It’s the question you might want to know or chose to forget! Being a dietitian but also having been pregnant myself, it can be challenging time for you to know not only what you should be eating for the health of your baby, but also for your own health. So let’s start with what the health guidelines say.
What is a healthy weight gain for pregnancy?
This differs depending on your starting weight.
- If you are in the healthy weight range, aim for a weight gain of 11.5-16kg
- If you are just over the healthy weight range (BMI*of 25-29.9), aim for a weight gain of 7-11.5kg
- If you are BMI < 30, aim for a weight gain of 5-9kg
- If you are underweight (BMI 18.5>), aim for a weight gain of 12.5-18kg
*with BMI being your weight ÷ height2
The problem with these guidelines is that your weight will increase differently throughout the pregnancy. What I mean by this is that your baby’s growth and your growth will not necessarily be consistent throughout the pregnancy and it is hard to work out what amount of weight you will gain by the end!
So my hot tips would be.
- If you are hungry, eat. If you’re not, don’t. Listen to your body’s natural hunger cues. If you are having what I call a ‘hungry day’ have an extra snack or two during the day. A good snack which consists of a healthy carbohydrate source and protein will help settle your hunger.
This could be:
- Reduced fat yoghurt (Chobani is an excellent brand) with berries
- Grain crackers with ricotta
- A slice of wholegrain bread with peanut butter
- A fruit smoothie made on reduced fat milk
- A small handful of nuts and piece of fruit
- Small seed/nut/trail bar
And let yourself have this snack guilt free, it is better than binging on chocolate later.
- Do not obsess over the scales and do not weigh yourself daily unless you’re prepared to see daily fluid changes. To keep track of your weight gain, weigh yourself weekly, on the same day at the same time. In the first trimester you should not see much weight gain (1-2kg). In the second and third trimester you will see around 1-2kg/month (0.5kg/week)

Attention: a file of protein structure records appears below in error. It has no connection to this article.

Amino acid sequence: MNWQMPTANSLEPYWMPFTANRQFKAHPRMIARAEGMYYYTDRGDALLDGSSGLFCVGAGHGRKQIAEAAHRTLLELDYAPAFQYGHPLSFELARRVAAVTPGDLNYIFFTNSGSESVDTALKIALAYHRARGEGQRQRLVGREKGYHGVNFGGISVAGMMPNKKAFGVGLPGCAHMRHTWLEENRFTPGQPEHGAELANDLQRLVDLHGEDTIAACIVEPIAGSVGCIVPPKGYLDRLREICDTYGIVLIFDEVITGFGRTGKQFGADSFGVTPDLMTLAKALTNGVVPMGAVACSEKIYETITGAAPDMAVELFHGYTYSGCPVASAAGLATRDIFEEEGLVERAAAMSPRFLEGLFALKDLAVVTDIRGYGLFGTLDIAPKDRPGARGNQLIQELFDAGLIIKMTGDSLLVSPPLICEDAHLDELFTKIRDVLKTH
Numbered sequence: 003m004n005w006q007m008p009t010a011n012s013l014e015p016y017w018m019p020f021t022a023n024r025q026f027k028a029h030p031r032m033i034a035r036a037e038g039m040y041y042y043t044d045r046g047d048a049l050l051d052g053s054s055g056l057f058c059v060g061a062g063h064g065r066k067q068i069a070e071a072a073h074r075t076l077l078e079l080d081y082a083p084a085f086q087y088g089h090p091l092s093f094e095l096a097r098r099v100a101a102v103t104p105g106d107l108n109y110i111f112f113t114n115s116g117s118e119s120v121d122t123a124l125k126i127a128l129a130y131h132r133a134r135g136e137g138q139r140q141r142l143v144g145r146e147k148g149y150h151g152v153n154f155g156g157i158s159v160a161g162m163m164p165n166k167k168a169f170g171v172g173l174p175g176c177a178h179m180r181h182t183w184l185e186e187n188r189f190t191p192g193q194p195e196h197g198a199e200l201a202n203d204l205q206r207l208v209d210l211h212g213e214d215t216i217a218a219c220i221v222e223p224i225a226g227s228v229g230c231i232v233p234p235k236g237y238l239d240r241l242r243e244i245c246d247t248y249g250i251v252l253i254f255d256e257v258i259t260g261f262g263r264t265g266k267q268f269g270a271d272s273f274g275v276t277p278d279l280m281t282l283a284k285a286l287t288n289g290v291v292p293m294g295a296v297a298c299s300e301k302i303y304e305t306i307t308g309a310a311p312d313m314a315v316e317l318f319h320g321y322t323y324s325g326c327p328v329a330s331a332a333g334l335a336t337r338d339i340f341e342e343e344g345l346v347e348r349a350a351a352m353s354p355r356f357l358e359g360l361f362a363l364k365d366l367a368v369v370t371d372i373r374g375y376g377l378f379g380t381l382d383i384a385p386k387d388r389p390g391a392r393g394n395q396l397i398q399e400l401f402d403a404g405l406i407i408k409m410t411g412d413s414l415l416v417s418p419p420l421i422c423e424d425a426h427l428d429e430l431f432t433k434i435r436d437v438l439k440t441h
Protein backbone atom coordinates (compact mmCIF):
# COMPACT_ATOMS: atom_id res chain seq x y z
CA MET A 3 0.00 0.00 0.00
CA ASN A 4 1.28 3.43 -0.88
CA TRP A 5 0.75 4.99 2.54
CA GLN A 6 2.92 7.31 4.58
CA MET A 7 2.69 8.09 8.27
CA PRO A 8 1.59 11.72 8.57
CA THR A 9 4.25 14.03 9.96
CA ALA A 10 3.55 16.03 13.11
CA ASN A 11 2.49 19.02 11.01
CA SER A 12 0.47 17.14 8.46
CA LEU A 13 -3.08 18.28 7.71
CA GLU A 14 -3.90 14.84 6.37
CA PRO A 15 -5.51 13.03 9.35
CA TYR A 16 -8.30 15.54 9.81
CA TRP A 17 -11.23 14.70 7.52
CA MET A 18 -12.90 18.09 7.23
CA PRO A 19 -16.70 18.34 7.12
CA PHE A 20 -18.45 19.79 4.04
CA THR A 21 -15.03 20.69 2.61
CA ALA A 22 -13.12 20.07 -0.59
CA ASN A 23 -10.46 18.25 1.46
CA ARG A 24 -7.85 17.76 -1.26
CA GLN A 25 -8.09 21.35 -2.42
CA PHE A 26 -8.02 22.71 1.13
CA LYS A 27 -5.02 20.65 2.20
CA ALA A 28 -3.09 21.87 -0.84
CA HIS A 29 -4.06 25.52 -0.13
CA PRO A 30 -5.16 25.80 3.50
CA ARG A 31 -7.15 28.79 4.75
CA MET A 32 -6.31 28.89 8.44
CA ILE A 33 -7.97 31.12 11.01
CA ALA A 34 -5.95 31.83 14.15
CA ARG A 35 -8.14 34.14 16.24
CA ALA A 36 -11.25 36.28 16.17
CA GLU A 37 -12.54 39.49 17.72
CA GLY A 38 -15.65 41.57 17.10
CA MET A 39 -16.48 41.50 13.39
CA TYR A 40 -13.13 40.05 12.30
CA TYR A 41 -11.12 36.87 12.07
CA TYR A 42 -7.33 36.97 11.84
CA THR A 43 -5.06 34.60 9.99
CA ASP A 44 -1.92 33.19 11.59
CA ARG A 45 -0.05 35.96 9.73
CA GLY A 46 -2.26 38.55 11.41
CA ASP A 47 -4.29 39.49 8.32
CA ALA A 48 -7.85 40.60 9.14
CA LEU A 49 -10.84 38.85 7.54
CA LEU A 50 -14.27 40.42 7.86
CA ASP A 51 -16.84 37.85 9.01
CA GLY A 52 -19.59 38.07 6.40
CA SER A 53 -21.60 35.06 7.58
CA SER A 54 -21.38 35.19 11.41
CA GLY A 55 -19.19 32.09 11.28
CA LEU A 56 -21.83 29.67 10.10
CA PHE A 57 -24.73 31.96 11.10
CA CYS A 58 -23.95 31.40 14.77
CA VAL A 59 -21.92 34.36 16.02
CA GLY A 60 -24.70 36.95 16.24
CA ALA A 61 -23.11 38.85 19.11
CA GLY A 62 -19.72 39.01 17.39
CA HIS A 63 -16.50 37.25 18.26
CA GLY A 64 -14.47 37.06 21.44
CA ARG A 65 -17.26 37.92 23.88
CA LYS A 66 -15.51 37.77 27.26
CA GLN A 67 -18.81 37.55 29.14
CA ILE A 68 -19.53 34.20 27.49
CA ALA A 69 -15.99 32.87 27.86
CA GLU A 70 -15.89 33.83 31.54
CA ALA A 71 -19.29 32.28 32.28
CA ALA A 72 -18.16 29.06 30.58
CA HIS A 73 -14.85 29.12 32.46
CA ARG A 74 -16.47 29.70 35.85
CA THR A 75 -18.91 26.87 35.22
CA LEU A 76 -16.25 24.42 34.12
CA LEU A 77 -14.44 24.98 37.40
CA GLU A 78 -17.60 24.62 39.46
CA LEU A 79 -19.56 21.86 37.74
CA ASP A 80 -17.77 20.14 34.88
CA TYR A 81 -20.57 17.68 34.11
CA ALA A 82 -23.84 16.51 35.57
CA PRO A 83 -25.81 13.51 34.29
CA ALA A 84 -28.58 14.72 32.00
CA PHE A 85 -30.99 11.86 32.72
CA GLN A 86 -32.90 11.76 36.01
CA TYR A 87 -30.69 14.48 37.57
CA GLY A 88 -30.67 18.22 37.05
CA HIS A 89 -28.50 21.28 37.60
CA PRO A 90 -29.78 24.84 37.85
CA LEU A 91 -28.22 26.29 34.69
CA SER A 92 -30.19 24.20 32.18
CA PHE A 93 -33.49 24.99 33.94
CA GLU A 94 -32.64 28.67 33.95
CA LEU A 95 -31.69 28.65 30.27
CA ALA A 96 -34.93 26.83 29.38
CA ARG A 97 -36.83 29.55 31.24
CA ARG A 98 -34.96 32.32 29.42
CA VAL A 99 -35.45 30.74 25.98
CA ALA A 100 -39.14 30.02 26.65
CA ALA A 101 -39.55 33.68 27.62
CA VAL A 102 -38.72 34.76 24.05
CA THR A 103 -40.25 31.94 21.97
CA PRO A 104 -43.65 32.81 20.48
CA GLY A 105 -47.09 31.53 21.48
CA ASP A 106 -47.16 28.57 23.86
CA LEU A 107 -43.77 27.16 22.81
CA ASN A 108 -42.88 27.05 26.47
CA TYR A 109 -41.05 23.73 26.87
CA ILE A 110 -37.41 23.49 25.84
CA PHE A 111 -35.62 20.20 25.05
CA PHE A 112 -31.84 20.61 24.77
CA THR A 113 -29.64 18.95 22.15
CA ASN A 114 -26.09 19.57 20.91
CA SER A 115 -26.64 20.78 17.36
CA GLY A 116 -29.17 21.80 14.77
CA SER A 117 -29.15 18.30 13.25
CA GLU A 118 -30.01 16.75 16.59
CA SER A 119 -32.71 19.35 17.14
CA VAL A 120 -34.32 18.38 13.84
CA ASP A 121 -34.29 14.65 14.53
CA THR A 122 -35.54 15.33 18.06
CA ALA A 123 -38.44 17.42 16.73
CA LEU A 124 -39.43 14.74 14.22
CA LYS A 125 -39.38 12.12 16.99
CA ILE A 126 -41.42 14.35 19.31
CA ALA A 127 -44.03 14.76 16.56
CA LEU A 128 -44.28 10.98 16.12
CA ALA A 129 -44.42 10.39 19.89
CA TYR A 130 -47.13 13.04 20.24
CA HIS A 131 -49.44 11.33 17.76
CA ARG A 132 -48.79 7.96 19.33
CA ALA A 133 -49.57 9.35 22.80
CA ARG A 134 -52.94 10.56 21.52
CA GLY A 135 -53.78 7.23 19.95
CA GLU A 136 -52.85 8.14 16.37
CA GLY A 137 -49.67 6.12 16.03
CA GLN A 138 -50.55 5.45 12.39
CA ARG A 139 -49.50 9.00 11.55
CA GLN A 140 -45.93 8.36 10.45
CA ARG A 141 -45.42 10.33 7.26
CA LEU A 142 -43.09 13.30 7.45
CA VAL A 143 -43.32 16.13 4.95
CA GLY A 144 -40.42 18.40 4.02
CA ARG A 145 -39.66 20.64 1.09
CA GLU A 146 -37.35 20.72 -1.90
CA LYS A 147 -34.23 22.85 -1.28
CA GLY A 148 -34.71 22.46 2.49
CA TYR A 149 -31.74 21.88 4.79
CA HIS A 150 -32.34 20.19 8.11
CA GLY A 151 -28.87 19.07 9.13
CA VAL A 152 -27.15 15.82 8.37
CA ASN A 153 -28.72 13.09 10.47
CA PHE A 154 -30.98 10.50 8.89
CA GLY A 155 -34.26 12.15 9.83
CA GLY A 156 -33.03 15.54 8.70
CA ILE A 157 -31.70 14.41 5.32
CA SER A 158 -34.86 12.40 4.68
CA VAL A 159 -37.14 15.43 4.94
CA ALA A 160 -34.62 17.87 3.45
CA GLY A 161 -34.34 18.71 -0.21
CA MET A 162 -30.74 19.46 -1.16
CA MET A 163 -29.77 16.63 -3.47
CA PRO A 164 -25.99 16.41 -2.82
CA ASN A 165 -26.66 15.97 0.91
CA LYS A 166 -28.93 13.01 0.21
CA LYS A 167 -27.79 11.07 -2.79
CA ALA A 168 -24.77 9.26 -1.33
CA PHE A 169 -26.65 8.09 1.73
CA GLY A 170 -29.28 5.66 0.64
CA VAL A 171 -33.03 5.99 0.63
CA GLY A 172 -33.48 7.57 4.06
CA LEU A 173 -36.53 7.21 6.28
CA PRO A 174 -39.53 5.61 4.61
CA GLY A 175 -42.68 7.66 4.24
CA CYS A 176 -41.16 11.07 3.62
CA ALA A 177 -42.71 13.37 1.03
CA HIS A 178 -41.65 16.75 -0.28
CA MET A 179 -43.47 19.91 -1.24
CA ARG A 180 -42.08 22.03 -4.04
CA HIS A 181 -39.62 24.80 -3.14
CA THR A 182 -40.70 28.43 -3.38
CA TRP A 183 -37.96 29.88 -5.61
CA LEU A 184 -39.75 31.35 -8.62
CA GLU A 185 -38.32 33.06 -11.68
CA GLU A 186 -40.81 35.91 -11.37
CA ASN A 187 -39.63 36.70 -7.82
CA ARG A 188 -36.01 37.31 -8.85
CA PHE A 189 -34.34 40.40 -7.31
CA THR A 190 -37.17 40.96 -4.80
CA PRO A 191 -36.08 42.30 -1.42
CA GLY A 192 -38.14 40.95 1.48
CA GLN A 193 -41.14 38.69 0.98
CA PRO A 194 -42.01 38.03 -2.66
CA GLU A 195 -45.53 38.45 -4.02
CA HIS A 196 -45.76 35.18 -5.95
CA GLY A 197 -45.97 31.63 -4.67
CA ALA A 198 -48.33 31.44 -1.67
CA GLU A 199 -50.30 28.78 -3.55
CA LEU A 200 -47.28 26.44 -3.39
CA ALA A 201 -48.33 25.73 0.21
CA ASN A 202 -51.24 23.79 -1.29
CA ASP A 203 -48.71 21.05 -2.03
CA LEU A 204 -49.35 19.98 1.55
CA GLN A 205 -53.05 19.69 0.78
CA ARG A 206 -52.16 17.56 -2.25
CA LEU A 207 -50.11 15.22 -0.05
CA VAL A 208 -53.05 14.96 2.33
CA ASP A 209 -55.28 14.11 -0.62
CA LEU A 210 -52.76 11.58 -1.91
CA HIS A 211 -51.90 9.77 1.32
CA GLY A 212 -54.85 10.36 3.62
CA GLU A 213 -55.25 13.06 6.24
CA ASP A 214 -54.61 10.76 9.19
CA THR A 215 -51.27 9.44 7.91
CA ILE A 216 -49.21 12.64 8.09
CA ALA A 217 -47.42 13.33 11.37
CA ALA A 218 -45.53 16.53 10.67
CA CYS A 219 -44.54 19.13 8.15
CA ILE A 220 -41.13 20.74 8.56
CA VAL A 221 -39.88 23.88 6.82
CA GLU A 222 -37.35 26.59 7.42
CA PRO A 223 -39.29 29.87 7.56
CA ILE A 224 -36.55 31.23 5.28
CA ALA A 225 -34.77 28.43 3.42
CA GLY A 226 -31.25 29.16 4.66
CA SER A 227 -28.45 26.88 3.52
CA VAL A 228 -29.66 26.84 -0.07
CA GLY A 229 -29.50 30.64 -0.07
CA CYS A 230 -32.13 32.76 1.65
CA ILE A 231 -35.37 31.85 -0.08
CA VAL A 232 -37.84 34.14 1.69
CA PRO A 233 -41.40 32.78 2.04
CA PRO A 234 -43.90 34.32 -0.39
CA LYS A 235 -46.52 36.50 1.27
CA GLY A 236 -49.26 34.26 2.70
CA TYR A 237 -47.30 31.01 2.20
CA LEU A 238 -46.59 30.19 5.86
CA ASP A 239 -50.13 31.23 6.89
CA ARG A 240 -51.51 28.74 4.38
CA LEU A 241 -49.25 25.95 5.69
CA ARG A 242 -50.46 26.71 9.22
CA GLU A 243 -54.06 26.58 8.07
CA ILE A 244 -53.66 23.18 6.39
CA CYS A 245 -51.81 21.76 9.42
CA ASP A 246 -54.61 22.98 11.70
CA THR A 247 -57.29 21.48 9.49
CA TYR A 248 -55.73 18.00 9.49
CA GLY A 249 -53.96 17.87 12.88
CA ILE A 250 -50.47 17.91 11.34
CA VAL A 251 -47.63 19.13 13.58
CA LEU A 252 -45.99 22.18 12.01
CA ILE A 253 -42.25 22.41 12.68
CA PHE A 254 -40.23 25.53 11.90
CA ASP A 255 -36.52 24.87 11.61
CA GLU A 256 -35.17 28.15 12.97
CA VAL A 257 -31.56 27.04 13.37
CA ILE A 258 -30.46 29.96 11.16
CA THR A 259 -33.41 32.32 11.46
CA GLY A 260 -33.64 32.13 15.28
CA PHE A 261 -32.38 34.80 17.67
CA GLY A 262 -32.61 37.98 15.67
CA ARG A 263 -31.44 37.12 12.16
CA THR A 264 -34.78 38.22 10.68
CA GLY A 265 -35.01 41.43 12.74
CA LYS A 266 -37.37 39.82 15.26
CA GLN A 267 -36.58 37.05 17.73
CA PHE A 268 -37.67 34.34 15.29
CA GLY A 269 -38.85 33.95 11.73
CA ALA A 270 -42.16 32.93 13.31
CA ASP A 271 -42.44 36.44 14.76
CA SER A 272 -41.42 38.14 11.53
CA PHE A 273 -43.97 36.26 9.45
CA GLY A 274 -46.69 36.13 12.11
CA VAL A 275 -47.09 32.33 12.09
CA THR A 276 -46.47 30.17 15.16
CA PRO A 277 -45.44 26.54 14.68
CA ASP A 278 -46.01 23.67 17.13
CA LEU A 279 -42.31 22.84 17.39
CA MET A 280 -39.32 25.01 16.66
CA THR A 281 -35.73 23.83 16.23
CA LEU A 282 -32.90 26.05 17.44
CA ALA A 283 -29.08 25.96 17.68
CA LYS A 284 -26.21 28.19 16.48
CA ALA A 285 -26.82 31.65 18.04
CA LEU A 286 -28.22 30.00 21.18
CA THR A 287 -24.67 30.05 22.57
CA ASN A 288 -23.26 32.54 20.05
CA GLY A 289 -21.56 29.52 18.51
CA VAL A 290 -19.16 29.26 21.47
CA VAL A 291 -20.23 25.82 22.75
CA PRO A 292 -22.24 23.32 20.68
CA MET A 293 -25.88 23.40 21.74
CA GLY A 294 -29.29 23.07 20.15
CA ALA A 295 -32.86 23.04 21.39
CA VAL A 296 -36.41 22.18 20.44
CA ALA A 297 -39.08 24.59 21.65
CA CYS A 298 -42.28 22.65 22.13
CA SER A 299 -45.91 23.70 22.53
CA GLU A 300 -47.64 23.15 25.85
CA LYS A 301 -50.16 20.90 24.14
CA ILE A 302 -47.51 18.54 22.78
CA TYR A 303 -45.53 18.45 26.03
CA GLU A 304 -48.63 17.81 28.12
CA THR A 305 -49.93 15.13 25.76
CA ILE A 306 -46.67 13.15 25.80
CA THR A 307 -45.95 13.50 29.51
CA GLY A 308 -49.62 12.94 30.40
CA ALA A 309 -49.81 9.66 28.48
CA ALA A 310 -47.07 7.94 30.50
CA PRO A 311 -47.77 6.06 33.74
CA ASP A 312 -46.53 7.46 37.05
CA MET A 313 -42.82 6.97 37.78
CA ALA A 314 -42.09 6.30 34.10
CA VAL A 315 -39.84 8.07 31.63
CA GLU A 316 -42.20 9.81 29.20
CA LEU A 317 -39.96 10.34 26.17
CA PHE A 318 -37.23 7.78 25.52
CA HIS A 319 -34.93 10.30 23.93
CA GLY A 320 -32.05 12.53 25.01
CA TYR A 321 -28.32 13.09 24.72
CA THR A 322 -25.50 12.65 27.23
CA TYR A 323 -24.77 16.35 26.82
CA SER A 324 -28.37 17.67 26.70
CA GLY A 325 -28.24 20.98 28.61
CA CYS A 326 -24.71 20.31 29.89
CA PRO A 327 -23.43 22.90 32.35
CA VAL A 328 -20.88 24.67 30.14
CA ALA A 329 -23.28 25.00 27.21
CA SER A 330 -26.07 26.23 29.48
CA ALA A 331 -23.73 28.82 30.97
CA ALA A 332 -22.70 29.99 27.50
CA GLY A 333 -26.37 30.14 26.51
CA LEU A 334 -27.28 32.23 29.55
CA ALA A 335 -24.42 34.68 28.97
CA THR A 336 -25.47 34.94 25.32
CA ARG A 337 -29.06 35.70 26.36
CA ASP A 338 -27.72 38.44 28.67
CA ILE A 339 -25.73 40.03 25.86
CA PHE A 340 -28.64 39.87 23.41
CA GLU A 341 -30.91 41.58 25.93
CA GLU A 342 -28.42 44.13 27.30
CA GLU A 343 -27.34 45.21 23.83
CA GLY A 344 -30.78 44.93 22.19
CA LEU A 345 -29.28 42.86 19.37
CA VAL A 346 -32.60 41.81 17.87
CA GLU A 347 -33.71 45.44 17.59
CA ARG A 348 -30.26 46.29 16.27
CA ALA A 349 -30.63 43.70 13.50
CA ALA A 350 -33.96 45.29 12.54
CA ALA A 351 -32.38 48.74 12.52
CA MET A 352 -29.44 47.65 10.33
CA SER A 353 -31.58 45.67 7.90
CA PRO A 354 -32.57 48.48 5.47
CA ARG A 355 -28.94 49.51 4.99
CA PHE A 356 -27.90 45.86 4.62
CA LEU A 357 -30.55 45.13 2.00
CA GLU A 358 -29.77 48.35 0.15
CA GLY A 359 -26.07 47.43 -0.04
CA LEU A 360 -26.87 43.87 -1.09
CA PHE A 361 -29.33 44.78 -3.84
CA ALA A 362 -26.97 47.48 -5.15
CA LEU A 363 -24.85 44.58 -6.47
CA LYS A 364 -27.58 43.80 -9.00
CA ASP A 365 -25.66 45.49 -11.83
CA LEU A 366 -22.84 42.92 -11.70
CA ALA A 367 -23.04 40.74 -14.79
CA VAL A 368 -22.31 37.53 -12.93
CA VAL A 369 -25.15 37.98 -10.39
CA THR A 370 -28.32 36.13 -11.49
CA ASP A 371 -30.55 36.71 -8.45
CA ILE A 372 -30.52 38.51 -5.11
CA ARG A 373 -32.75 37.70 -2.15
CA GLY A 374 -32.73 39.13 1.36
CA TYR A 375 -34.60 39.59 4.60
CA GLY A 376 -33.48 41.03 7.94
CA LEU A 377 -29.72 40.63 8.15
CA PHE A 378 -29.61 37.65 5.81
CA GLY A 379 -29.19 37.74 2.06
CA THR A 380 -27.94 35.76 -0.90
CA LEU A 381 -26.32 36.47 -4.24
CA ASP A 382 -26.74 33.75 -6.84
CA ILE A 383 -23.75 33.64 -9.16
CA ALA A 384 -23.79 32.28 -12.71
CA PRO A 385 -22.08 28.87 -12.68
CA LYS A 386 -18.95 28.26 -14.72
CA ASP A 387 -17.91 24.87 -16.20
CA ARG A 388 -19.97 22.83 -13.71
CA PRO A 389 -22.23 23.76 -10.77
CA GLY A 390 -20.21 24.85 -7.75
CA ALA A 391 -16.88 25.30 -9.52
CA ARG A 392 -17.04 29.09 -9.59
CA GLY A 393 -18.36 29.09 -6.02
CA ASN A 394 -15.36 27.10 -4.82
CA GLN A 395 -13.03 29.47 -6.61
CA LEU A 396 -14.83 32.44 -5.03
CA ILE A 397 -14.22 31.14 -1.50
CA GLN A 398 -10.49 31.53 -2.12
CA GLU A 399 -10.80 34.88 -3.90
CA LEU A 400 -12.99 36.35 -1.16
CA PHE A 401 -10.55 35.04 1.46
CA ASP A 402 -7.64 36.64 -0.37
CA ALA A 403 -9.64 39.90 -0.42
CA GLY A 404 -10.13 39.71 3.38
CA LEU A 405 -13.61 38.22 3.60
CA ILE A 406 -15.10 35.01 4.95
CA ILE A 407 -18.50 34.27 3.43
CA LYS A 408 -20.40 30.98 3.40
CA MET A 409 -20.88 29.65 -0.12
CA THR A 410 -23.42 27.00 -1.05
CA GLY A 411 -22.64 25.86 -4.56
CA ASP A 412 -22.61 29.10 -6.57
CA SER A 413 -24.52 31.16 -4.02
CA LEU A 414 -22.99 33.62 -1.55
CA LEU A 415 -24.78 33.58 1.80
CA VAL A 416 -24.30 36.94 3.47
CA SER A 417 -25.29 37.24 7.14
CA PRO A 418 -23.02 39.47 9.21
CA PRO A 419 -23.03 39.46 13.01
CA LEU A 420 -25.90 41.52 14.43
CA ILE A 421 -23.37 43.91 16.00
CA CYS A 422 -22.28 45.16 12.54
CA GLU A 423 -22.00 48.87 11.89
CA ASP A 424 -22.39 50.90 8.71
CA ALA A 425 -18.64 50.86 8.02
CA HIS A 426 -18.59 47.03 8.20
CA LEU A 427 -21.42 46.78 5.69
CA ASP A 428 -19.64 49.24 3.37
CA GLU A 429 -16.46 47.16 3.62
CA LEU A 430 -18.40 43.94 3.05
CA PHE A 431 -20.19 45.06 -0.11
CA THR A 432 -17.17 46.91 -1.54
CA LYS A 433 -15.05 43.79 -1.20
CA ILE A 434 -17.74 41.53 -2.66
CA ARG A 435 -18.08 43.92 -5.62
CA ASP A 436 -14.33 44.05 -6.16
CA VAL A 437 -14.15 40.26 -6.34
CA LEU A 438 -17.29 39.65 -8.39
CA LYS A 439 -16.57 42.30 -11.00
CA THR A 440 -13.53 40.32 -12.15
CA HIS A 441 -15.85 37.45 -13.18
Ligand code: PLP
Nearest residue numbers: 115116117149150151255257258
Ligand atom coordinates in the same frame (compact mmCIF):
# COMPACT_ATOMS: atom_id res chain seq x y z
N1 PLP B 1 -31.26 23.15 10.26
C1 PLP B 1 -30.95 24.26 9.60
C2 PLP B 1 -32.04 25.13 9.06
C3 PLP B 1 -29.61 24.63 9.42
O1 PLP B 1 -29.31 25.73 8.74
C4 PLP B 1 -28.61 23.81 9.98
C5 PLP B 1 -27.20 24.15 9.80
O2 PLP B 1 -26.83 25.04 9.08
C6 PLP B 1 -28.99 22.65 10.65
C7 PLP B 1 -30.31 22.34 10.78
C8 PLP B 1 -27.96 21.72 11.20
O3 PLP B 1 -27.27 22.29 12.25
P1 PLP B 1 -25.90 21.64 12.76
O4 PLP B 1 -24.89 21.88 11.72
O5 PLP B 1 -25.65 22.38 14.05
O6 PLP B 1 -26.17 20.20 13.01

- Try to keep active. I cannot stress this enough. My fittest friends have bounced back the quickest. This does not mean starting half marathon once you find out your pregnant, it is not the time to ‘begin’ your fitness campaign. But you should try to continue a modified exercise routine for as long as you feel comfortable. If you love walking, keep up the walks. If you are a regular runner, it is possible to keep running at a lower intensity (and shorter distances). However, it is also important to make sure you speak to a physio prior to continuing your exercise program. There are some activities and exercises than can be damaging on your pelvic floor. If you are wanting to continue moderate to higher impact exercises such as running or weight training, you need to speak to your obstetrician and physiotherapist about this throughout your pregnancy.
- Eat regularly. This not only helps with morning sickness but keeping your blood glucose levels consistent and hunger at bay. Eating regular meals and snacks will help to prevent you getting over hungry and over eating. Ensure you have lean protein at every meal, lots of vegetables and good sources of carbohydrate (such as wholegrains, legumes, lentils, starchy vegetables). Snack on reduced fat dairy, fruit, nuts, vegetables and wholegrains.
- And cut yourself some slack! You are pregnant and supposed to gain weight. You will have additional fat stores on your thighs and breasts to feed your baby. You may be carrying extra fluid at the end but it will not last for ever (as much as it feels like it at the time!). If your weight gain is in the healthy weight range, it will be easier to return to your healthy weight range and starting weight. Keep positive and be realistic. It took 9 months to put on the weight, it will take time to also get back to your comfortable weight. Keep active, eat healthy and allow yourself to have the odd treat. You deserve it!
Written by Peita Hynes, dietitian/nutritionist at GOG. Peita has 12 years’ experience as an accredited practicing dietitian and is also an accredited sports dietitian specialising in weight management, pregnancy, metabolic conditions and sports nutrition.